Finance Minister Tendai Biti faces a daunting task this afternoon of tabling a budget that should breathe life into the economy while taking care of civil servants' salaries and other social and political issues that beckon for attention. The nation will certainly not be content with mere presentation eloquence or a rich diction from the Minister but anticipate something of substance. Something that will take the economy to the next level.
That 2013 is an election year, add to it the constitutional referendum and other demands compound the situation for him.
This is not an easy task by any measure given the meagre resources at his disposal versus the huge basket of demands. Not even an actuary can balance this equation.
There is also nothing much to kill so the "we eat what we kill" concept will also not work. The US$3,8 million set for allocation in the 2013 Budget is, therefore, a far cry of what is required.
Talk this week is mainly centred around the budget while certain decisions in companies and other institutions have been suspended until Minister Biti shows the way.
The stockmarket, which has been trading actively due to increased foreign interest in well-capitalised stocks such as Delta and Econet also expects to take a cue from today's budget pronouncements.
Civil servants are anticipating a significant salary increment. The bonus payments currently underway are not enough to appease the Government workers. Understandably so given the below poverty datum salaries that the bulk of them earn.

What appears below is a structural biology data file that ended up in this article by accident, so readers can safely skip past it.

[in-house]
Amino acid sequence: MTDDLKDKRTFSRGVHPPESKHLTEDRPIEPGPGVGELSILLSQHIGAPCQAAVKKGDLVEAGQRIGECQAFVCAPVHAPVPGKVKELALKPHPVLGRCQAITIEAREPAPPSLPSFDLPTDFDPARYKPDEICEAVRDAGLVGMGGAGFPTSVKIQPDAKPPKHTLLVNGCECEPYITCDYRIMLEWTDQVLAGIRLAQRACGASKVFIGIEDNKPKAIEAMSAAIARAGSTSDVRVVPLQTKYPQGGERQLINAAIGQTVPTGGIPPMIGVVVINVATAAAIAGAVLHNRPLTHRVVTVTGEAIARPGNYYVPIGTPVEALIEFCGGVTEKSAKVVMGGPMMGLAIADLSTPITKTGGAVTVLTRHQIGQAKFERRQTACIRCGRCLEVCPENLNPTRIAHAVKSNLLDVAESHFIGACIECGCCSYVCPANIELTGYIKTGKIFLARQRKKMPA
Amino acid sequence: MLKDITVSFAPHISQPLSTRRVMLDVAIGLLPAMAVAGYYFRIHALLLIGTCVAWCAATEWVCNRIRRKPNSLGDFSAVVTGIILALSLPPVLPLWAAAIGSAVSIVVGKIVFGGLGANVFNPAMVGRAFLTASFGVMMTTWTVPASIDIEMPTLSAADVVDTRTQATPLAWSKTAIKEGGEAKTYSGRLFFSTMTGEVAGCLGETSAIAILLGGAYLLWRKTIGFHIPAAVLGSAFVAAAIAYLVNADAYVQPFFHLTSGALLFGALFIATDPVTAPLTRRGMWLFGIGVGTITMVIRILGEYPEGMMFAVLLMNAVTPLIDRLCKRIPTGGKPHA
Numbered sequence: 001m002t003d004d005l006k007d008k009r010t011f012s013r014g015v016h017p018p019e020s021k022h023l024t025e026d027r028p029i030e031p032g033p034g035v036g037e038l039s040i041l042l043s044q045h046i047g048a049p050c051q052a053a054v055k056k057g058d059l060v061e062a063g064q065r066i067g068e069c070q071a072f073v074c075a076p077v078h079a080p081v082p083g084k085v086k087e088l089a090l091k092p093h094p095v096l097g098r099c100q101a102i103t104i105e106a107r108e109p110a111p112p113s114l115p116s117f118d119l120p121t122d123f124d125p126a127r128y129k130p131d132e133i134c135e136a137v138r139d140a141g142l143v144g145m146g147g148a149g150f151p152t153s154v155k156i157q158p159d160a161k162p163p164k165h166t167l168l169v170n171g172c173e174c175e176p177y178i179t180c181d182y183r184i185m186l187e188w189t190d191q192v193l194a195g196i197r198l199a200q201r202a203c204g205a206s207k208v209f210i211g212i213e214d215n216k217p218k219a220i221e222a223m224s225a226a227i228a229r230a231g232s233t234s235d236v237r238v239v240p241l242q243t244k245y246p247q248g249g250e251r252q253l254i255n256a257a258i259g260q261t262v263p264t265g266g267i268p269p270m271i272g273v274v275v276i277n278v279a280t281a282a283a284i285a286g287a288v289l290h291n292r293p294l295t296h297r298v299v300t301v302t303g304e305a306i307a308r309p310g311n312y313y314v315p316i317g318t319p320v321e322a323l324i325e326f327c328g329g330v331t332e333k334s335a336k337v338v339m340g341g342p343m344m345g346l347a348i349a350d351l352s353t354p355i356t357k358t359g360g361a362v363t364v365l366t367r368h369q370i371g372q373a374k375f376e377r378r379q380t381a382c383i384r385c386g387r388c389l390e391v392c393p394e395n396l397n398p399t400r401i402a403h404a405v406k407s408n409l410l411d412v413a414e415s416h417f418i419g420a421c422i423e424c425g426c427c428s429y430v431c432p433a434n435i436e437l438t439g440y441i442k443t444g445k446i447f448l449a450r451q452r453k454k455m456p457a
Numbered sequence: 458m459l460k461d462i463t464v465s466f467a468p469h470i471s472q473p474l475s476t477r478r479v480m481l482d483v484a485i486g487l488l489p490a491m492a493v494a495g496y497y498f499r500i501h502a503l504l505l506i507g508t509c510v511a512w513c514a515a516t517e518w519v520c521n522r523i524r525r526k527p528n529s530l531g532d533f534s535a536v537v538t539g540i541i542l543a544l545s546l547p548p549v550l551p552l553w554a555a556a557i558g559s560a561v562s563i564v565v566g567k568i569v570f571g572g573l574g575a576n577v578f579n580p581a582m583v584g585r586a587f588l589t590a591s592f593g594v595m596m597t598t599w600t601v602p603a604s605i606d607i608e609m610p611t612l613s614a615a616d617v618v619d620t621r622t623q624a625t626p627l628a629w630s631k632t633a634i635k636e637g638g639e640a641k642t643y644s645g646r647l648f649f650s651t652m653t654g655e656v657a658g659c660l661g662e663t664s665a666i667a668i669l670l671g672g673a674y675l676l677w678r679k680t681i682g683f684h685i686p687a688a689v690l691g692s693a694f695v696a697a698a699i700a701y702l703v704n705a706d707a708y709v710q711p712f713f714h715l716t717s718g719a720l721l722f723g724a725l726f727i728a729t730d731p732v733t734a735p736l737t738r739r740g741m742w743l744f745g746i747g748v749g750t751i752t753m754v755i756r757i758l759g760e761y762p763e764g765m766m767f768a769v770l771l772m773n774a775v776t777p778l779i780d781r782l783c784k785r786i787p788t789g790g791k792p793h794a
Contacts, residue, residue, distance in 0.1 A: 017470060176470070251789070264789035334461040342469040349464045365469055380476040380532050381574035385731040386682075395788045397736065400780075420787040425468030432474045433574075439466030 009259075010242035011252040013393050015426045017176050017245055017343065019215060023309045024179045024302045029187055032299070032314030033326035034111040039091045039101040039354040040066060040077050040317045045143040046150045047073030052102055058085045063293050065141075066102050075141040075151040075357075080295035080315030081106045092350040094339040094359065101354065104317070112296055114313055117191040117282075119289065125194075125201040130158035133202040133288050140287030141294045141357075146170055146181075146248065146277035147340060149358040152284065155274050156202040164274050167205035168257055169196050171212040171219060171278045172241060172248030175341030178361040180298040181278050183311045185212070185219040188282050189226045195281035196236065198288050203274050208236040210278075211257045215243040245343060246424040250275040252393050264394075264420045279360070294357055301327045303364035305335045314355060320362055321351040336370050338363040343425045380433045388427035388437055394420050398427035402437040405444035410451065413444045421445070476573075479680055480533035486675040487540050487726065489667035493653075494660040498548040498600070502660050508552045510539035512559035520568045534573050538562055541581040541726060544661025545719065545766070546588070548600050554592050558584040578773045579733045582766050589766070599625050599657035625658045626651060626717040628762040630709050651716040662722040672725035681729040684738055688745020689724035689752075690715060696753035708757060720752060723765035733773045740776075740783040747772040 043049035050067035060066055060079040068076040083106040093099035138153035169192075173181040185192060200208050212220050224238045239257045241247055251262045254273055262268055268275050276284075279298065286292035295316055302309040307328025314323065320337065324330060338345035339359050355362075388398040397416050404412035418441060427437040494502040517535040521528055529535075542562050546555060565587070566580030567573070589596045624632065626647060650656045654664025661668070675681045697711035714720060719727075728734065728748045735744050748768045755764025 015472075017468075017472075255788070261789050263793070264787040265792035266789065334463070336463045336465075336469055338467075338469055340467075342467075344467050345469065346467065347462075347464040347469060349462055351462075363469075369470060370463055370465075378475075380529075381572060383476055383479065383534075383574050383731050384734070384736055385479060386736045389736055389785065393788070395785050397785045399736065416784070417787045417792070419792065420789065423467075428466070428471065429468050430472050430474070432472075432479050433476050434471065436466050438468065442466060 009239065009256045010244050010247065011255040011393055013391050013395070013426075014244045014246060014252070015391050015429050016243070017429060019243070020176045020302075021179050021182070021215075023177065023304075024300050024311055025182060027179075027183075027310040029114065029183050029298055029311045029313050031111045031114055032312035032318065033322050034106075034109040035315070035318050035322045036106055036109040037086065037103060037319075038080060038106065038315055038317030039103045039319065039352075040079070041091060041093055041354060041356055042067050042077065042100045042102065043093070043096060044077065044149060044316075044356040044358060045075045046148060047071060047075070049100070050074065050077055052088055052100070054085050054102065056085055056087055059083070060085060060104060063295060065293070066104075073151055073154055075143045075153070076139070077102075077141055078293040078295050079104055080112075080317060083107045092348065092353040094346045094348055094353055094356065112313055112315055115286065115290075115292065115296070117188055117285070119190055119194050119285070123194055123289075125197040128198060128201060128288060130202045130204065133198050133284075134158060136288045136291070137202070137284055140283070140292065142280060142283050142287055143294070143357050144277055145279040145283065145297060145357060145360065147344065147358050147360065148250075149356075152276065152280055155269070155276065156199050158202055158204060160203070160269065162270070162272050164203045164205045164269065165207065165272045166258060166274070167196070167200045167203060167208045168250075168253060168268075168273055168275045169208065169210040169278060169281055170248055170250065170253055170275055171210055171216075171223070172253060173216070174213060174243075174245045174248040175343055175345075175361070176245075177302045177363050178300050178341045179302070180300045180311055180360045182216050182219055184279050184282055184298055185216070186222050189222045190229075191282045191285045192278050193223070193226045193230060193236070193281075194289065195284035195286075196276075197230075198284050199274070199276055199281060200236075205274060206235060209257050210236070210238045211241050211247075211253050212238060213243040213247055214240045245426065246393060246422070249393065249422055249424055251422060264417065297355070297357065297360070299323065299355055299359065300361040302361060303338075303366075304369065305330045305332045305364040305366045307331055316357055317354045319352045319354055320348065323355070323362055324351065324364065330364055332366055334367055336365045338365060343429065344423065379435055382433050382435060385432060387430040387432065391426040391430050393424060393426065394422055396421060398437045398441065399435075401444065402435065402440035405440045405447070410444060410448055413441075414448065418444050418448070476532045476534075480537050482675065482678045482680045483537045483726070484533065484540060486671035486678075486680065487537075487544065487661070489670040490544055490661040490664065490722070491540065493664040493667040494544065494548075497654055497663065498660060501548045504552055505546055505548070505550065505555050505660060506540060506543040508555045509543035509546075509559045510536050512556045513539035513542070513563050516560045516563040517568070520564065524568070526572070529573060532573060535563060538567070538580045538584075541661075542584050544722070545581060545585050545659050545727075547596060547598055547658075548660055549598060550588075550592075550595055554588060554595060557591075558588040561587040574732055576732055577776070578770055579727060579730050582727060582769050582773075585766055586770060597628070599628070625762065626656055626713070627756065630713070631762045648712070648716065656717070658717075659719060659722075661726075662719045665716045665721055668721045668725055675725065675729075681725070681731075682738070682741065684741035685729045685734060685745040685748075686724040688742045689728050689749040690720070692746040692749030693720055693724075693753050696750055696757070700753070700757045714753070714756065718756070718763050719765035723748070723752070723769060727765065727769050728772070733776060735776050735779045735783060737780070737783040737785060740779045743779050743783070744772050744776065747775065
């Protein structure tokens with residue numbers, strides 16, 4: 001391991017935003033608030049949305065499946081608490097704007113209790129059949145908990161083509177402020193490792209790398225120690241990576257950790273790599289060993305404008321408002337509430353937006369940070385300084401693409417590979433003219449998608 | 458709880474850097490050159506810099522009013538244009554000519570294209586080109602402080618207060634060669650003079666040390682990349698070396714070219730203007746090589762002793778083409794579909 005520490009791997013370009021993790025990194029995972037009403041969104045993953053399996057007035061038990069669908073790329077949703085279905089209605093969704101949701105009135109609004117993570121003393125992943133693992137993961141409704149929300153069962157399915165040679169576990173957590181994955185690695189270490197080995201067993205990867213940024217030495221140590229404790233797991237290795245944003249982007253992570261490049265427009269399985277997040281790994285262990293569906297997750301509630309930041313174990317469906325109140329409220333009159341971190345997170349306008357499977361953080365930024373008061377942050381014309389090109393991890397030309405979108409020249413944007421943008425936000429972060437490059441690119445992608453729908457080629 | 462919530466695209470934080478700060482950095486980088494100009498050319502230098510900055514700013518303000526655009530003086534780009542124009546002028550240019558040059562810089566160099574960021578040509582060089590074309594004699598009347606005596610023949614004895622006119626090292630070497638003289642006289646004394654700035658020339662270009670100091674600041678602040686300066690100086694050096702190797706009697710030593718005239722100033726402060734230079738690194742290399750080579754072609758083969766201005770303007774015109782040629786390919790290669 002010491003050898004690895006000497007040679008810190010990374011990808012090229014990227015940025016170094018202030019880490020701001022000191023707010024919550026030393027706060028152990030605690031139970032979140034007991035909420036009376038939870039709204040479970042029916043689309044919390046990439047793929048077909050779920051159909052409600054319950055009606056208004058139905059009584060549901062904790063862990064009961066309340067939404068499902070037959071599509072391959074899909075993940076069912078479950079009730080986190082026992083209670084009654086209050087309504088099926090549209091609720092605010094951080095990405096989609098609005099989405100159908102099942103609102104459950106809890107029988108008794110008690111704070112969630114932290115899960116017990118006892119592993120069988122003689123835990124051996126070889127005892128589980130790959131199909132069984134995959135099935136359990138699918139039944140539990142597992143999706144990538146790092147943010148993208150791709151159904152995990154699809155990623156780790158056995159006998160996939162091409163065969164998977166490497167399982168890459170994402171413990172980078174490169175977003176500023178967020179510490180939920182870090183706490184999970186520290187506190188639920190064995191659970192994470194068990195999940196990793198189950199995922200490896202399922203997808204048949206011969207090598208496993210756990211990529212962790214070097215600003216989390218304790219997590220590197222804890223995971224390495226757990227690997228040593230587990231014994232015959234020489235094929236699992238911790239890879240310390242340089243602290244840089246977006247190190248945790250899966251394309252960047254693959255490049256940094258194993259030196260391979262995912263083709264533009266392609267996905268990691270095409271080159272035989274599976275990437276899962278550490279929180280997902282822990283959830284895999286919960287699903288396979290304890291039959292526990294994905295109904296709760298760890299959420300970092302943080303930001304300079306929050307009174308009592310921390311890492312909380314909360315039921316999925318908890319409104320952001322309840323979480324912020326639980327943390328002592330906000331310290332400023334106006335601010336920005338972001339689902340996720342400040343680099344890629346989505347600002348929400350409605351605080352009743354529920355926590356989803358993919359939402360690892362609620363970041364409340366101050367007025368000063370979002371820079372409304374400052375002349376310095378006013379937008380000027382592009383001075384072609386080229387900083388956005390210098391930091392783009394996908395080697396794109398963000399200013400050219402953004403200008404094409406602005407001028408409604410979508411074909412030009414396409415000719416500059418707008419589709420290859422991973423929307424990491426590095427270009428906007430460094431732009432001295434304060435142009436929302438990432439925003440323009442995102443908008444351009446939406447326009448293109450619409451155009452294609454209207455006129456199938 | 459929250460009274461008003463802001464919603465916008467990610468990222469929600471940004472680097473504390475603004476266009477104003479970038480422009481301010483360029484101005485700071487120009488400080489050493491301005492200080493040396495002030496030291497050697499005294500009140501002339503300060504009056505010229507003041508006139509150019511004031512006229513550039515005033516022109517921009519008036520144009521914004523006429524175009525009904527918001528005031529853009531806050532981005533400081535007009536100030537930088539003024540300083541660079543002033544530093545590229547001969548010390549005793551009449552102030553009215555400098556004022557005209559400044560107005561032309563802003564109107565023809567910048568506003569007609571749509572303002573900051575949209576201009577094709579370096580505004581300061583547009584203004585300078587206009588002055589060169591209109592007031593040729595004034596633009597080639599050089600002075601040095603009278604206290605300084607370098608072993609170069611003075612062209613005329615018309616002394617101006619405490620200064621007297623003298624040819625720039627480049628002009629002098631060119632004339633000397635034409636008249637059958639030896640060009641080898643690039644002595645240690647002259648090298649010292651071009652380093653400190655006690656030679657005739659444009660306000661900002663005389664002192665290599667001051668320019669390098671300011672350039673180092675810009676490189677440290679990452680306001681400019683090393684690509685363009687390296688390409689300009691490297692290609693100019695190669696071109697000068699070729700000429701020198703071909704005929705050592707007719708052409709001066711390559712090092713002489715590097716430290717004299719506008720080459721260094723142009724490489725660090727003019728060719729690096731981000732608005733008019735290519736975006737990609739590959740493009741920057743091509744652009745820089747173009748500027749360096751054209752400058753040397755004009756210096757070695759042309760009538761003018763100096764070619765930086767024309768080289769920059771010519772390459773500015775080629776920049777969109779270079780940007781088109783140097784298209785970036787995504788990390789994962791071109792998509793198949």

The ordinary man on the street anticipates news that will improve the standard of living and induce cash availability at a time the liquidity crunch is biting terribly.
All sectors of the economy need packages to kick-start and in some cases consolidate activity. Agriculture, now largely expected to register a negative five percent growth, will need stimulation although it might be too late for the 2012/2013 cropping season while the manufacturing sector will need its own rescue package to jumpstart production.
Imports have become the order of the day in this "supermarket economy" but this is not sustainable. We need to preserve all the foreign currency that is available and allow it to circulate internally instead of taking it outside the country.
The Confederation of Zimbabwe Industries recently warned that the situation in industry had reached dangerous proportions and nothing short of a miracle would rescue it. We thank God capacity utilisation still better than it was in 2009.